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University of Basel

Social Life & Integration

Integration occurs on various levels. In addition to work, there are other ways to help you familiarize yourself with your new surroundings and gradually become more involved and feel integrated.

Basel-Stadt and Baselland

Both cantons have developed strategies and organize activities to facilitate integration. The underlying idea of integration here is based on a principle of give-and-take. This means on support and advancement by the municipal, cantonal and state offices but also on new residents taking the initiative themselves to become integrated and involved in their communities.


University of Basel

The university offers a variety of organizations, groups and clubs that provide - depending from purpose and profile - students, staff, alumni and and often also non-university affiliates great opportunities to meet other people in a straightforward way and to foster hereby also integration in the Basel area. These include university sports, the university choir and orchestra, theater groups, religious groups as well as policy development initiatives, special interest groups such as the Osteuropa Forum Basel or the Science Slam Club – the range of options is large.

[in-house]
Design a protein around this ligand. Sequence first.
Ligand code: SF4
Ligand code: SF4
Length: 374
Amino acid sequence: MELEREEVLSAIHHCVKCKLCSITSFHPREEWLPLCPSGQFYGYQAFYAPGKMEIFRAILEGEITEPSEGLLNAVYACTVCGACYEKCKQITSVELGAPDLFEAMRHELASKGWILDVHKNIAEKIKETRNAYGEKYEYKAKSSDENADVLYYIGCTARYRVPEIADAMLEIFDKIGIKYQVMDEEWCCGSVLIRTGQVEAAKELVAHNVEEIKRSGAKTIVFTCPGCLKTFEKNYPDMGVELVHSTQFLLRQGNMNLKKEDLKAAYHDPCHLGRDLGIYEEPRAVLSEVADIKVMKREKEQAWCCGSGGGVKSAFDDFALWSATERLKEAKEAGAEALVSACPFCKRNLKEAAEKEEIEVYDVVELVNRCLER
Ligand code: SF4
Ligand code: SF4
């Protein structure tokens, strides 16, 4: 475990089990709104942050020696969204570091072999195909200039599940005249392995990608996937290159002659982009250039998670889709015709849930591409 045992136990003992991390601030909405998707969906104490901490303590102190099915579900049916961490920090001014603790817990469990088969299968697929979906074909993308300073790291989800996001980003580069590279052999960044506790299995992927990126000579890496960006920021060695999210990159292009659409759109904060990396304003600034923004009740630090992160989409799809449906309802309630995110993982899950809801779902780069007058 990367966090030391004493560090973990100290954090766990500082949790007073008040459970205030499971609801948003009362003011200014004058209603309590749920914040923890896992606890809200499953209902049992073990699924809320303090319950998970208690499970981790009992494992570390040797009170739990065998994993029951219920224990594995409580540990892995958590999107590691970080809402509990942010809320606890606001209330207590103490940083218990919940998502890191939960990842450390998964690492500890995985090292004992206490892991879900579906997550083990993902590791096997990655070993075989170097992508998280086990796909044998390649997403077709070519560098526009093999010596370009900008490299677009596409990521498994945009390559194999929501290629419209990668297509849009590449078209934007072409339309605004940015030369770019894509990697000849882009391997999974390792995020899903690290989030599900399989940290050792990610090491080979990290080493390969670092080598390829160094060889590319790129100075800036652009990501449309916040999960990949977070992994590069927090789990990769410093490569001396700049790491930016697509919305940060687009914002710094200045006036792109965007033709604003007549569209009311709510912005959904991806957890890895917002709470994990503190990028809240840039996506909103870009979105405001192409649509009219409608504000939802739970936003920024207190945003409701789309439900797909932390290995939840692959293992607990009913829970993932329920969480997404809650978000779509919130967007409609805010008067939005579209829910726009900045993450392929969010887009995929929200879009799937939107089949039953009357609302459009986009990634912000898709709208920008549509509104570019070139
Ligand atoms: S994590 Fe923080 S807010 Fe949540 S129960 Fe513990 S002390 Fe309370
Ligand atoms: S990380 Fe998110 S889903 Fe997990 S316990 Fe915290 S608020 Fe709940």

For member of the University lecturer's associations such as Faculty Net and Dozuba, the Assistants' Association Avuba, the student organisation Skuba as well as the University of Basel alumni association provide excellent opportunities for networking and socializing informally.